Why Most DSPs Have Failed to Deliver Full-Funnel Content Return on Investment

Content Amplification
Content-Marketing-Funnel

One of the leading industry questions that’s been around for more than 10 years is, “How do I deliver and measure the ROI of content marketing?” This question has been the subject of countless blog posts and many conference presentations. Demand supply platforms (DSPs) tap into more than one online advertising network in order to programmatically display some form of advertising for content – display, native, social, etc. Why is it that so many of these DSPs fail to deliver on content ROI post production?

Before we can answer that question, we need to look at what KPIs actually drive ROI. What used to drive online ROI isn’t the same today as it once used to be. Due to the high adoption rate of content marketing and the flood of owned, earned and paid media there’s much more noise online than there used to be. We’re in an era of content surpluses, as opposed to the former content deficits.

Basically, what this means is that in the past, for most industries, there were more people online looking for content to answer their questions than actual content available. These days that has reversed. There’s more content online offering solutions across industries than people looking for it.

This is problematic because it creates a noisy online arena where brands are jockeying for attention digitally across channels using content. The most used and traditional forms of content exposure have been the following:

  • Organic and paid search
  • Organic social media
  • Display advertising
  • Email

I remember well how great these channels served my team for many years. They still have an impact, but not like they used to. Paid search pricing has skyrocketed, there’s only 10 positions organically on the first page of Google, organic social media has squelched its visibility, display advertising is ignored, and our inboxes are bursting at the seams.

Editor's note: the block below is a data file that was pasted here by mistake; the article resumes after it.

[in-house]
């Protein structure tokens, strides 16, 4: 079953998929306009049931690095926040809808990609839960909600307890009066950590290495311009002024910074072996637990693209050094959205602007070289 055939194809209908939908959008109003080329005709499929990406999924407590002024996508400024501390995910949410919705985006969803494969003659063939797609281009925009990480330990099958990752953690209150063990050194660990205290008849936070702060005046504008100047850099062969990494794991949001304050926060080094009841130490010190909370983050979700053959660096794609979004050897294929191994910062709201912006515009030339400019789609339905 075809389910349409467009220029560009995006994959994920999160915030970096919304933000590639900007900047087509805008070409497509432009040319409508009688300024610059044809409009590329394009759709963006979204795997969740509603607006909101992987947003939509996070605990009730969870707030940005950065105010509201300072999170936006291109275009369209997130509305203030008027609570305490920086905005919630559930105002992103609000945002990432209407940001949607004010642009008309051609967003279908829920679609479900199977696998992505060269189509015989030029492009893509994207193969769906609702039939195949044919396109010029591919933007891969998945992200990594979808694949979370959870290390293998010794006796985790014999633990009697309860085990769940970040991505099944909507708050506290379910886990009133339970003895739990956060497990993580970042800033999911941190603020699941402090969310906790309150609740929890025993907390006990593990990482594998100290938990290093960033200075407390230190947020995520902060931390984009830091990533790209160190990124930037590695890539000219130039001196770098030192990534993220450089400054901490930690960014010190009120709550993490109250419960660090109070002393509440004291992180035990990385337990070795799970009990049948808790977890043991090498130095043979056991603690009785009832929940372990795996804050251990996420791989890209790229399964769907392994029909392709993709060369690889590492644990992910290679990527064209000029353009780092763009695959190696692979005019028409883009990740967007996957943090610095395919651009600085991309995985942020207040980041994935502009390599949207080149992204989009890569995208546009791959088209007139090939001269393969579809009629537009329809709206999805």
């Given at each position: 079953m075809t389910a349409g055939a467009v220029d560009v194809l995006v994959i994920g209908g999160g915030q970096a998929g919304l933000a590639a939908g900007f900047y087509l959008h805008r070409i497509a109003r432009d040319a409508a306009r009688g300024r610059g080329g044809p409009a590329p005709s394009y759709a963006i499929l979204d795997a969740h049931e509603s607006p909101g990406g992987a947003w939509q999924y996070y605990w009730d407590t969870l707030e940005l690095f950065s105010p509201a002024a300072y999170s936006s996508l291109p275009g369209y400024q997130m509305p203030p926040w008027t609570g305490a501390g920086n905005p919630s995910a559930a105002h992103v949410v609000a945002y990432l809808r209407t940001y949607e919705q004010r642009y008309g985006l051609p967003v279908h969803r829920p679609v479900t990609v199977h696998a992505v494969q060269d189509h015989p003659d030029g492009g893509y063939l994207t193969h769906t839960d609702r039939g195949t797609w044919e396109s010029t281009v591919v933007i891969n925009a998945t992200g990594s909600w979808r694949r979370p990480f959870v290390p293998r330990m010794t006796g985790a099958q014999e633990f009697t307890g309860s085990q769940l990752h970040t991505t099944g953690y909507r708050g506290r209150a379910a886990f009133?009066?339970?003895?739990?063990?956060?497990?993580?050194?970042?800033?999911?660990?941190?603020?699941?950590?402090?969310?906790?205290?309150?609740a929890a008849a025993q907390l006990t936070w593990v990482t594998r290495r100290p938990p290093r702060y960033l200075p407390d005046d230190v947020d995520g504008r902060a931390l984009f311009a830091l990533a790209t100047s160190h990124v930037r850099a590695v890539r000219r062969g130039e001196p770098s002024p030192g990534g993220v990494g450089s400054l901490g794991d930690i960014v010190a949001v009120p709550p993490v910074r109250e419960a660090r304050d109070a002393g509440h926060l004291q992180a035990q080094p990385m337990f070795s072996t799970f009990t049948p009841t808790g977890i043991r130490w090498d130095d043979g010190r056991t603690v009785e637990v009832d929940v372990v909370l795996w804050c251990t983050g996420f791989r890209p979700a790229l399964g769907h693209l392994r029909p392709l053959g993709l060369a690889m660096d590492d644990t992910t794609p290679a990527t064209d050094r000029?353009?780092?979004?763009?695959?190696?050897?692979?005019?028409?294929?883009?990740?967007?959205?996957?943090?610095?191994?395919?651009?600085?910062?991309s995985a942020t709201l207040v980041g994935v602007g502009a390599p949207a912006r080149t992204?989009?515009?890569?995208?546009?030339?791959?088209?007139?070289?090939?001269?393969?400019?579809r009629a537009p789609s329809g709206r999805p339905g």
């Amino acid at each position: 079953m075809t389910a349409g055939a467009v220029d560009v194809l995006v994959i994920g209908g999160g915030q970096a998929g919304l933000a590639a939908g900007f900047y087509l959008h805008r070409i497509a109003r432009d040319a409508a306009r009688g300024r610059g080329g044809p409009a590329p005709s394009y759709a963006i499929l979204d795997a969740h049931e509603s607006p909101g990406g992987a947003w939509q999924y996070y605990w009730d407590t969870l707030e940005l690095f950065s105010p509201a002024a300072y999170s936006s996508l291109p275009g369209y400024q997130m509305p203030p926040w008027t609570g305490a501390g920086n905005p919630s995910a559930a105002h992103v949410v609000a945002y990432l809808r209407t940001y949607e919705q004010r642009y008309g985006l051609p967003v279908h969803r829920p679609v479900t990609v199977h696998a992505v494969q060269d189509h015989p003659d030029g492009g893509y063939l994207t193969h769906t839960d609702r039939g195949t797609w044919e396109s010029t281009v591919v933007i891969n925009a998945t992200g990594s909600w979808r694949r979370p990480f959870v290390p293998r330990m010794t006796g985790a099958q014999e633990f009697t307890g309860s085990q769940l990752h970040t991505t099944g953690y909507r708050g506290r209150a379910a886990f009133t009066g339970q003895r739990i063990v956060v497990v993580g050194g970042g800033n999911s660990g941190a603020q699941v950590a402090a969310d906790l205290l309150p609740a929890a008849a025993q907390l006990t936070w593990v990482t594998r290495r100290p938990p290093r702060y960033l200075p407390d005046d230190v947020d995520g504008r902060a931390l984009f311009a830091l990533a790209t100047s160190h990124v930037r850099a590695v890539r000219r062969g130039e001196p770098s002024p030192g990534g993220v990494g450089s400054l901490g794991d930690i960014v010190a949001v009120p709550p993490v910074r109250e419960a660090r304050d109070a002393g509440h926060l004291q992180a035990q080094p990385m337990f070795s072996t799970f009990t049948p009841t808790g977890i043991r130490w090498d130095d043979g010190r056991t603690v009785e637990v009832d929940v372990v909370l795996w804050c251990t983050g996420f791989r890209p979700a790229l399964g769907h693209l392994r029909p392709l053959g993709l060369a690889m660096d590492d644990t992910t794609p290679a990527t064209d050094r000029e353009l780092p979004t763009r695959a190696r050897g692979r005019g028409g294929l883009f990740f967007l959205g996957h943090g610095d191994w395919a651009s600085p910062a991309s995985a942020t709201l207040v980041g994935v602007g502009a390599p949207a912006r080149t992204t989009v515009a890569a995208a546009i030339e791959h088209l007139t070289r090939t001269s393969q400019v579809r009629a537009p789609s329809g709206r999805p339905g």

Back when these channels ruled the roost, we marketers focused on impressions and clicks primarily. . . and it worked! However, it’s not quite working like it once did.

Because of this the marketplace has evolved and developed new and innovative forms of content exposure and amplification for brands. It had to. These newer forms include:

  • Programmatic native advertising
  • Sponsored content
  • Online PR/influencer marketing

These solutions are great, but only one of them scales – programmatic native advertising. Not only does this channel scale but does so in a non-interruptive way (unlike the traditional forms of paid content exposure). Looking at various studies (there’s so many I don’t even feel I need to put a list of links in this article) it’s clear that brands and agencies are investing the most in programmatic native advertising versus the other more recent channels.